When I started my own business back in 2006 one of the first things I was told was that I needed to get out and network. Who me? A meek and mild accountant who barely ever ventured out of the office in corporate life (unless it was to visit another office)? Go out into the wide world and actually talk to…. strangers?
Networking is one of those things that can provoke extreme reactions. It is the old school tie at work. It is a vision of a loud gregarious sales person (it is always a sales person and no I don’t have anything against them). It is schmoozing and glad-handing your way through numerous breakfasts, lunches and evening receptions.
Of course it does not have to be like this and indeed frequently isn’t. At its best it is the building of a string of relationships with people that you may otherwise not come into contact with, sharing ideas and opportunities and genuinely attempting to help move business life forward, even if you do not directly benefit from it.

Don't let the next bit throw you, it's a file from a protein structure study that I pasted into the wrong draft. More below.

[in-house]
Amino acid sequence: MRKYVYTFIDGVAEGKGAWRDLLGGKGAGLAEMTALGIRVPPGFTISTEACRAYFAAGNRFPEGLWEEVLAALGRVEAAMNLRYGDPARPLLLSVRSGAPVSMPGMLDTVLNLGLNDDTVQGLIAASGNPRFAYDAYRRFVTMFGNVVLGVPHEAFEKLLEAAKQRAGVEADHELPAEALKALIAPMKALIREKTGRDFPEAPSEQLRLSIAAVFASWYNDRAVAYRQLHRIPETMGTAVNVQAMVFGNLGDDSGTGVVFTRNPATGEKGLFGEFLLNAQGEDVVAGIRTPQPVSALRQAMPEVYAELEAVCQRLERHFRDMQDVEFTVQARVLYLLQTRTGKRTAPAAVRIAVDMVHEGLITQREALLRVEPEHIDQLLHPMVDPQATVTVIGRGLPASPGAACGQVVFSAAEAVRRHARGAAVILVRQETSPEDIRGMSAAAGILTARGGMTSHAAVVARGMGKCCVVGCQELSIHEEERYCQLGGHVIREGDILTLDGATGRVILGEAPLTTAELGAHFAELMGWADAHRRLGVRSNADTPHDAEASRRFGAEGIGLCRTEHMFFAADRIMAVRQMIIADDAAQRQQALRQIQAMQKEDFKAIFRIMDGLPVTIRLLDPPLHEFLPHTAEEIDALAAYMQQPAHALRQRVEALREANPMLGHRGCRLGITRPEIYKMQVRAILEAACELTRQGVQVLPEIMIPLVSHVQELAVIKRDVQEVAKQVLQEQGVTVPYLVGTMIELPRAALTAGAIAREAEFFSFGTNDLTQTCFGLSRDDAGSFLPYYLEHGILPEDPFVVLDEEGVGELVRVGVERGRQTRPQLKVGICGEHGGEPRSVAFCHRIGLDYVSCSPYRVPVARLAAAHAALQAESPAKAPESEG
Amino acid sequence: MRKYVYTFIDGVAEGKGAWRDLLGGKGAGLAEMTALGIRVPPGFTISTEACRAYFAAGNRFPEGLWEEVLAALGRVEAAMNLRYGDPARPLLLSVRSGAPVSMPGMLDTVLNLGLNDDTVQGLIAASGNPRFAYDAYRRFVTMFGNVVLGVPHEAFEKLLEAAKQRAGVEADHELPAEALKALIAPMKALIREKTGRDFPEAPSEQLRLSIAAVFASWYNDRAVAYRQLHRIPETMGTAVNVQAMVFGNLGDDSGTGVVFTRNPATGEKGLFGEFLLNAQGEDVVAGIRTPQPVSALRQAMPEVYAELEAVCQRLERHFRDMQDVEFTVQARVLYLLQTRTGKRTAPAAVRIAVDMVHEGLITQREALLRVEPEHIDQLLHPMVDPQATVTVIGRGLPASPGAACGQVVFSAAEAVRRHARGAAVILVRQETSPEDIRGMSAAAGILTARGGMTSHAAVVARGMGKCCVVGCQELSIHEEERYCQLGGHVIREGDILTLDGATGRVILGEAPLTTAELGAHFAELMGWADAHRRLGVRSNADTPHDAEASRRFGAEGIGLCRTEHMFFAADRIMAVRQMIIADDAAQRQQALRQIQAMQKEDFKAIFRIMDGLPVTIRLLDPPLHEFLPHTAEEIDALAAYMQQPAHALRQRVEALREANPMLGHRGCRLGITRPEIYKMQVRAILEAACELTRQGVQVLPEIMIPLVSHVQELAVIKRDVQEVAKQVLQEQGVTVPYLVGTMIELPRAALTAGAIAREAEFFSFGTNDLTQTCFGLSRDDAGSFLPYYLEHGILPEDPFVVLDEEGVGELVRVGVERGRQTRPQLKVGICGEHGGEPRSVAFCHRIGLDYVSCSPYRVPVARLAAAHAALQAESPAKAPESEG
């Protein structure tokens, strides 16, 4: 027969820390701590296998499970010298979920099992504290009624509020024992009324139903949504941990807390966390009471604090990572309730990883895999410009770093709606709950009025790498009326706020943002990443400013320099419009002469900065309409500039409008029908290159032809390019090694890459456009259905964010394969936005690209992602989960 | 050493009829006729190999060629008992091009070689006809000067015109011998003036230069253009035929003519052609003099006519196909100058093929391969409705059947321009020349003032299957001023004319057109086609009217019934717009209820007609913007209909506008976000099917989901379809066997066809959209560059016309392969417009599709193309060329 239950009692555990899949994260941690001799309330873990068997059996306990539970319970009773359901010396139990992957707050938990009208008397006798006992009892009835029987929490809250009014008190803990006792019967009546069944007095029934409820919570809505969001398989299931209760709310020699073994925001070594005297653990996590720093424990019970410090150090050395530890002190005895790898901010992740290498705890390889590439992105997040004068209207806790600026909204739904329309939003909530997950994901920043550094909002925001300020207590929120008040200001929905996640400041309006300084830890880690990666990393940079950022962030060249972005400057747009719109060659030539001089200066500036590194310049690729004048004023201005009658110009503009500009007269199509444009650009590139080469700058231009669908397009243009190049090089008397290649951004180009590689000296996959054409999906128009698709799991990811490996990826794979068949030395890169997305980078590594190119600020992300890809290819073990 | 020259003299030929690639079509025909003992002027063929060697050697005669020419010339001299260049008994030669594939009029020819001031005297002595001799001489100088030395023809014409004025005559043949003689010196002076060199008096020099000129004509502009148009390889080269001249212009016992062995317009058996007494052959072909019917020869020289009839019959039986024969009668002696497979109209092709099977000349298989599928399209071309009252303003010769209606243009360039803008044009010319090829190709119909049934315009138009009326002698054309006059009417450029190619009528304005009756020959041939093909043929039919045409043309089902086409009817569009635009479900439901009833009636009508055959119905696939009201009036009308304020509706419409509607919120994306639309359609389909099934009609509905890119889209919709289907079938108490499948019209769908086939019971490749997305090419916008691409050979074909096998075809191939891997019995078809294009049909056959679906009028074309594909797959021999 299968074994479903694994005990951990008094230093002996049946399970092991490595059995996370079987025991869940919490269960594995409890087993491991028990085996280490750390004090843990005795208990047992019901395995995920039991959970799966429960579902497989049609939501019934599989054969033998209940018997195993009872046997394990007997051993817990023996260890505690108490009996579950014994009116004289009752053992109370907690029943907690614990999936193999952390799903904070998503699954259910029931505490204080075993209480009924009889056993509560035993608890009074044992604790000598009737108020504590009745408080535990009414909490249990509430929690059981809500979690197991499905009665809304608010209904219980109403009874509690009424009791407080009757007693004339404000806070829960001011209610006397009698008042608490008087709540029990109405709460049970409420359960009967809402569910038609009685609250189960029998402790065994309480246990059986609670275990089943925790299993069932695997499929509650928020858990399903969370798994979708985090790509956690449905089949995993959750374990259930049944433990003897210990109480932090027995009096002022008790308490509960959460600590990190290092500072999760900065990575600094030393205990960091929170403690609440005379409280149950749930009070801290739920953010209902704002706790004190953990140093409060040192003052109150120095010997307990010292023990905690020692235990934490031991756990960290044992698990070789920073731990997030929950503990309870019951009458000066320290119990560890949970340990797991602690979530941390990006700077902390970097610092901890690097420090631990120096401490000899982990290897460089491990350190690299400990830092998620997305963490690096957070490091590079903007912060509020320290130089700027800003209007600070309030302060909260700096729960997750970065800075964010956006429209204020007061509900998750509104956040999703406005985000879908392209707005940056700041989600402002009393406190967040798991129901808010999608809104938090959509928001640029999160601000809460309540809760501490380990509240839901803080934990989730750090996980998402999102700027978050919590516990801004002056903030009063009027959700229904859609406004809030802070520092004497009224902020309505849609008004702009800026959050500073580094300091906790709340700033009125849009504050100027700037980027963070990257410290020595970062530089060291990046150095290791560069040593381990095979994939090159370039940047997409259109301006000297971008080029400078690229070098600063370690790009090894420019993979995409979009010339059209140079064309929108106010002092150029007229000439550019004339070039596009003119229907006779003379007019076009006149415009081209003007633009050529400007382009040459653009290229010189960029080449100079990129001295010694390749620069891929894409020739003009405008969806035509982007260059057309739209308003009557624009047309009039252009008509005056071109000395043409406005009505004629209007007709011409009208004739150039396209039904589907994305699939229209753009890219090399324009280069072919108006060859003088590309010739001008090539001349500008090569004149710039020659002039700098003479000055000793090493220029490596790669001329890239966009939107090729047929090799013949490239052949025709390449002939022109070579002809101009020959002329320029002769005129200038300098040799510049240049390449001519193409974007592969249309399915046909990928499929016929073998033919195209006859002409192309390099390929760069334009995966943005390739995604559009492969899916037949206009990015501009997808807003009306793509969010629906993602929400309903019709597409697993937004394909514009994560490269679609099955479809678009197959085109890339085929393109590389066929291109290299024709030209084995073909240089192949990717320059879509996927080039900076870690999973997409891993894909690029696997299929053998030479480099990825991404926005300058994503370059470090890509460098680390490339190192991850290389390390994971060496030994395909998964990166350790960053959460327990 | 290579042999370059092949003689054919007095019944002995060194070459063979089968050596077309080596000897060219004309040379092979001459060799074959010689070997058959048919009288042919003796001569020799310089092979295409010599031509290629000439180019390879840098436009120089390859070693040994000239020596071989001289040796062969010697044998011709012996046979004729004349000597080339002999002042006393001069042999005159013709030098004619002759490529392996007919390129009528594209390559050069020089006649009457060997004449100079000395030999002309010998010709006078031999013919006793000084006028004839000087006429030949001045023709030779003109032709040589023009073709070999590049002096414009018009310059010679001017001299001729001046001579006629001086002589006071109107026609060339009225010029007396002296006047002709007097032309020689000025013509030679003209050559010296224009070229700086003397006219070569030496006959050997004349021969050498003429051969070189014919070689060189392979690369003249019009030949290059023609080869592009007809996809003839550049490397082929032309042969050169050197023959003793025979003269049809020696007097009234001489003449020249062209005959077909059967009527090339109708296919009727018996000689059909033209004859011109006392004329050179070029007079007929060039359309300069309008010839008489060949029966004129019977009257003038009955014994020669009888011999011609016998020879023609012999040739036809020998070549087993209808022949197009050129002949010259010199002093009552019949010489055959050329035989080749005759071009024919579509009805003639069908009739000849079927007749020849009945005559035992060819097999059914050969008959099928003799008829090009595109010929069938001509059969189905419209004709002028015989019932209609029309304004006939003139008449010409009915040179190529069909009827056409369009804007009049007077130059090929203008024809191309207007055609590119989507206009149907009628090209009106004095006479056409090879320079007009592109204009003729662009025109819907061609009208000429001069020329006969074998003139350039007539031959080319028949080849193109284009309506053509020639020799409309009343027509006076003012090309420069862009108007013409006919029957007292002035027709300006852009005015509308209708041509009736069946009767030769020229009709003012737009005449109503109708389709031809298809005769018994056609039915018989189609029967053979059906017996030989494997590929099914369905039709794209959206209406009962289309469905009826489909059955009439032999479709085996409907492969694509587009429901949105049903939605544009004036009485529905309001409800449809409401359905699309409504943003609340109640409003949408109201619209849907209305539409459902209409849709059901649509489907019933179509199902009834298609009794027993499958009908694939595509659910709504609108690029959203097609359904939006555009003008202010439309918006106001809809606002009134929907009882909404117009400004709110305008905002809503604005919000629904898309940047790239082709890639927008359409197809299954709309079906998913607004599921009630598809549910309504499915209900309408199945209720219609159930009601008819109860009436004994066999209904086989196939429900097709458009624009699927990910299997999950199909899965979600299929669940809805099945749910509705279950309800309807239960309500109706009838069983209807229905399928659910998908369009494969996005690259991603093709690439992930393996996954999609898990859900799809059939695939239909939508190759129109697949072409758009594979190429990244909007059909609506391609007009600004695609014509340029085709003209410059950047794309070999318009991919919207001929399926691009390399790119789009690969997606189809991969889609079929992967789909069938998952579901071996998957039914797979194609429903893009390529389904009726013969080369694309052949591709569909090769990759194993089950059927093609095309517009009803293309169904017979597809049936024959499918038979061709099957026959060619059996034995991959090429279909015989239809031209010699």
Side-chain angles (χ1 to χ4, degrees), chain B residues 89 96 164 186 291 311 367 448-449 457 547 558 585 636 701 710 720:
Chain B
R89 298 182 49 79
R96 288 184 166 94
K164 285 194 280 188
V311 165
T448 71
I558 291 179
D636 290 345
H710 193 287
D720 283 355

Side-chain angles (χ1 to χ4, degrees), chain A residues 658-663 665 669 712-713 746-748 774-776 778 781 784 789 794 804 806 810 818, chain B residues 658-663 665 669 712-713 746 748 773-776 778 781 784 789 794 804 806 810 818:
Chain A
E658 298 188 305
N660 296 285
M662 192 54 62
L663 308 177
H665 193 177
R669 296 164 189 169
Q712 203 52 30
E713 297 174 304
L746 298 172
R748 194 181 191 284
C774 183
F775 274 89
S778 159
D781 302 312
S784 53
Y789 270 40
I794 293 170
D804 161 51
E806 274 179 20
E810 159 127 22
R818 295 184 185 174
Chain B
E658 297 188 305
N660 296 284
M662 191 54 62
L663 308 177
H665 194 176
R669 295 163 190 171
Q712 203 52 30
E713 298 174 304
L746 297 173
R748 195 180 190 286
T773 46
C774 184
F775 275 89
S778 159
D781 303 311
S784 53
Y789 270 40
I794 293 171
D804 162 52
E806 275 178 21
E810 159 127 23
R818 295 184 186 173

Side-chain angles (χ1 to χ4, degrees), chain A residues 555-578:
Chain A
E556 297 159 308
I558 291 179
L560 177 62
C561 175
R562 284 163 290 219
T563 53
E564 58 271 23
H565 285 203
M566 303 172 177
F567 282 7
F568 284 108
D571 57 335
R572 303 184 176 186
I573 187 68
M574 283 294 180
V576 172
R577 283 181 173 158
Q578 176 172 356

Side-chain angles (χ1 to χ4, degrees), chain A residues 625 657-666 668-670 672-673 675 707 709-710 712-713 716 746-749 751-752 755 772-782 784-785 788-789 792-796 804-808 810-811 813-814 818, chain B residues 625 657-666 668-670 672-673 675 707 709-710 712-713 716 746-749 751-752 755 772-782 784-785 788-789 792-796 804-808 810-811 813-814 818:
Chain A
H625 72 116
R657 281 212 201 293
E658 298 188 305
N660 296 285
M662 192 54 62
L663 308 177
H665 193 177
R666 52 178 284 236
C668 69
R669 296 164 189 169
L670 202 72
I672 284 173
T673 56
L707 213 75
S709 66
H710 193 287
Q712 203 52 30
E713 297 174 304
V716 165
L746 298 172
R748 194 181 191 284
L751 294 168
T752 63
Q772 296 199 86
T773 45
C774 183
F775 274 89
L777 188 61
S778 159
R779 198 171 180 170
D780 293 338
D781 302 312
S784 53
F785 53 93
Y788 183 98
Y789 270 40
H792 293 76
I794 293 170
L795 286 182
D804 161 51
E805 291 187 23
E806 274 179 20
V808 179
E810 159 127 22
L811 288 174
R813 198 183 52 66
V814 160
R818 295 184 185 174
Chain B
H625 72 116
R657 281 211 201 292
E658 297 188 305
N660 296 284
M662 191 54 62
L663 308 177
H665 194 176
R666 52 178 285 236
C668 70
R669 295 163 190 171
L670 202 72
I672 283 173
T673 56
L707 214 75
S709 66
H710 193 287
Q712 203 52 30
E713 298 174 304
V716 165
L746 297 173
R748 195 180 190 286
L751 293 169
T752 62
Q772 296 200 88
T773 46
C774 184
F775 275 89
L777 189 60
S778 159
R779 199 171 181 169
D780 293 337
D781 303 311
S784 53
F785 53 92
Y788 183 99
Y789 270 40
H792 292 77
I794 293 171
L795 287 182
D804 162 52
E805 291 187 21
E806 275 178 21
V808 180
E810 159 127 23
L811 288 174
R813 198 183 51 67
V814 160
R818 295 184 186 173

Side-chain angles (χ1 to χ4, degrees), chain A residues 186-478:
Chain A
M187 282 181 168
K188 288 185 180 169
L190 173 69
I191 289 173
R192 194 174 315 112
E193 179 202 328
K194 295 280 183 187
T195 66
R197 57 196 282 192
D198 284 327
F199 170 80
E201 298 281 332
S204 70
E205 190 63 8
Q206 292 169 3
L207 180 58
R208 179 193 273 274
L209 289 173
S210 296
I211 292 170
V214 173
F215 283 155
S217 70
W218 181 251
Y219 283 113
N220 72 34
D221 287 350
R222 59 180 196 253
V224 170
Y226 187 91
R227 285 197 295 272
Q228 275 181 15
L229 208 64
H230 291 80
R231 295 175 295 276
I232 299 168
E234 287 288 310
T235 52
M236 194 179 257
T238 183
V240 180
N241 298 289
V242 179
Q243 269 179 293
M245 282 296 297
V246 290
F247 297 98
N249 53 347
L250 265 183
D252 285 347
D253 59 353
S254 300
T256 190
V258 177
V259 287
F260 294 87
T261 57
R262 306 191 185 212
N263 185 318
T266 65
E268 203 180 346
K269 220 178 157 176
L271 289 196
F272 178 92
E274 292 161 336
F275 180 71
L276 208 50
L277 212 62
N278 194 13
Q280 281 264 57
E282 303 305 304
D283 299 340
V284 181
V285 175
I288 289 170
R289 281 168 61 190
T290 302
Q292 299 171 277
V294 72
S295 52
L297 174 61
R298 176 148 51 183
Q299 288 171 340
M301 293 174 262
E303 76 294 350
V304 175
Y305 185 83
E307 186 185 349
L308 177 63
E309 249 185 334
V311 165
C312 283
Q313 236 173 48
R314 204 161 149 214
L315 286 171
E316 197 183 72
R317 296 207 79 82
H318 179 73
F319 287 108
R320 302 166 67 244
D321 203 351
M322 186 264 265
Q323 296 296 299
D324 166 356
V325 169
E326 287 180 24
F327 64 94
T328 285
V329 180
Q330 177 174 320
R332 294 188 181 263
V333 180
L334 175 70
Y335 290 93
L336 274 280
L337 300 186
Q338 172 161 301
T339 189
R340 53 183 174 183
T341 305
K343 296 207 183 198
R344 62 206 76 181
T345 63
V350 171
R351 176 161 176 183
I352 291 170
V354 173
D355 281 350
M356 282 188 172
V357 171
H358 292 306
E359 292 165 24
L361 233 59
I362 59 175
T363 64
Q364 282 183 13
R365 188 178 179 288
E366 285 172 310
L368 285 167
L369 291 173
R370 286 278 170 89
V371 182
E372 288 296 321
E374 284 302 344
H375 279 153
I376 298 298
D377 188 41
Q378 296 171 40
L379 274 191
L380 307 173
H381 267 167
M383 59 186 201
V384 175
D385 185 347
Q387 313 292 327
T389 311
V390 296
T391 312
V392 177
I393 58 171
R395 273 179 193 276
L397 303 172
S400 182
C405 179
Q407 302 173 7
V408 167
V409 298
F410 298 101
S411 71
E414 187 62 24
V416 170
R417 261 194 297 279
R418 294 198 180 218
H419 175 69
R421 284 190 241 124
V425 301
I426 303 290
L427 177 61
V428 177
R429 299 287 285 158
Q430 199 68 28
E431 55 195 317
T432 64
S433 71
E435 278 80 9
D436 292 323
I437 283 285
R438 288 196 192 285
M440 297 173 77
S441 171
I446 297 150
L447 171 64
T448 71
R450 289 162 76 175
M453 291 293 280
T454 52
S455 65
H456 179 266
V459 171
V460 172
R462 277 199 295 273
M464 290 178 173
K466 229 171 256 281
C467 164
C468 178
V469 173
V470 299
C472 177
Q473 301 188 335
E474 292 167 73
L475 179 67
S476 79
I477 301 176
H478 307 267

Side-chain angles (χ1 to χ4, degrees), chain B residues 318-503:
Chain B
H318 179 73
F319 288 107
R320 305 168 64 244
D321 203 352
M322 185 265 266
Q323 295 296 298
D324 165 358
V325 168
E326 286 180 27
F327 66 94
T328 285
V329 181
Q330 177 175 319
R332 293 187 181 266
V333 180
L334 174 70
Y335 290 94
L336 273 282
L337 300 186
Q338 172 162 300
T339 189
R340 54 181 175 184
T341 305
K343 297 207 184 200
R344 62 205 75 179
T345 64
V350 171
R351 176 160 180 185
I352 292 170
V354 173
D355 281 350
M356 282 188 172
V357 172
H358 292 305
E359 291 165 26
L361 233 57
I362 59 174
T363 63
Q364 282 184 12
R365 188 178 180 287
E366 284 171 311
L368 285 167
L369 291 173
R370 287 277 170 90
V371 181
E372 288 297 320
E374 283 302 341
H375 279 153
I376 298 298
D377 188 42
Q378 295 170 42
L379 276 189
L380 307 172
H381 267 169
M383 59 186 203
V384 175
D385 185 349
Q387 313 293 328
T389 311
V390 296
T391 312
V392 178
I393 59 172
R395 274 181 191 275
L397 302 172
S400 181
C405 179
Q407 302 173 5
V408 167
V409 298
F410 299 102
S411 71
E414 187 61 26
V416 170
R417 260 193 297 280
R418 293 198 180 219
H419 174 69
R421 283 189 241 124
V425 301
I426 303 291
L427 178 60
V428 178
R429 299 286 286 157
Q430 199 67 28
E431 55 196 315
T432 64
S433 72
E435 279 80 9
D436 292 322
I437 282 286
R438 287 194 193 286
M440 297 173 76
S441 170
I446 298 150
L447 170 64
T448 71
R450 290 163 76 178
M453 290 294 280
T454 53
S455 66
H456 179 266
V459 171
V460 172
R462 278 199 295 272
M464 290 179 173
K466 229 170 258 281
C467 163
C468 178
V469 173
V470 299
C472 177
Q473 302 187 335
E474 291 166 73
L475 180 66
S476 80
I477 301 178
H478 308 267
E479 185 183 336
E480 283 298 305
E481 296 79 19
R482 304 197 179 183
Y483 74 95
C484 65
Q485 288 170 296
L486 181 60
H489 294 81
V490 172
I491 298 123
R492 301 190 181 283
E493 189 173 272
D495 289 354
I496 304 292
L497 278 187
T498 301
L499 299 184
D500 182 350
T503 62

I think that one of the reasons networking often gets a bad press it that many of the articles on the subject imply that it is primarily for the benefit of the individual. Little seems to be made of how organisations that have skilled networkers within their ranks benefit beyond the commercial returns that result.
I have developed valuable business contacts through networking. But I have also used it as an important tool for self-development. It has increased my business and technical knowledge. It has enabled me to view the business world in a much more rounded way that I would ever have been able to do as a corporate accountant. As regular readers may recall through networking I have even taken part in a competition to race to the top of the Jungfrau in Switzerland.
The business insights that I have gained through networking are valued by my clients and should I go back into corporate life would make me a much better employee than I was when I left.
Sadly too many companies out there just don’t get it. One only has to look at the social media policies industry to realise that it is seen in terms of what it should not be rather than what it can be. We are led to believe that a careless remark on Facebook can cause untold reputational damage to a business. Excessive executive remuneration policies on the other hand…..
Too many organisations are losing out by expecting their staff to keep their noses to the grindstone for every hour they are at work. Letting them out into the outside world to develop their networks can help them think in a different way and pay real dividends. Yes there is a risk but, as any accountant will tell you, you rarely get returns without one.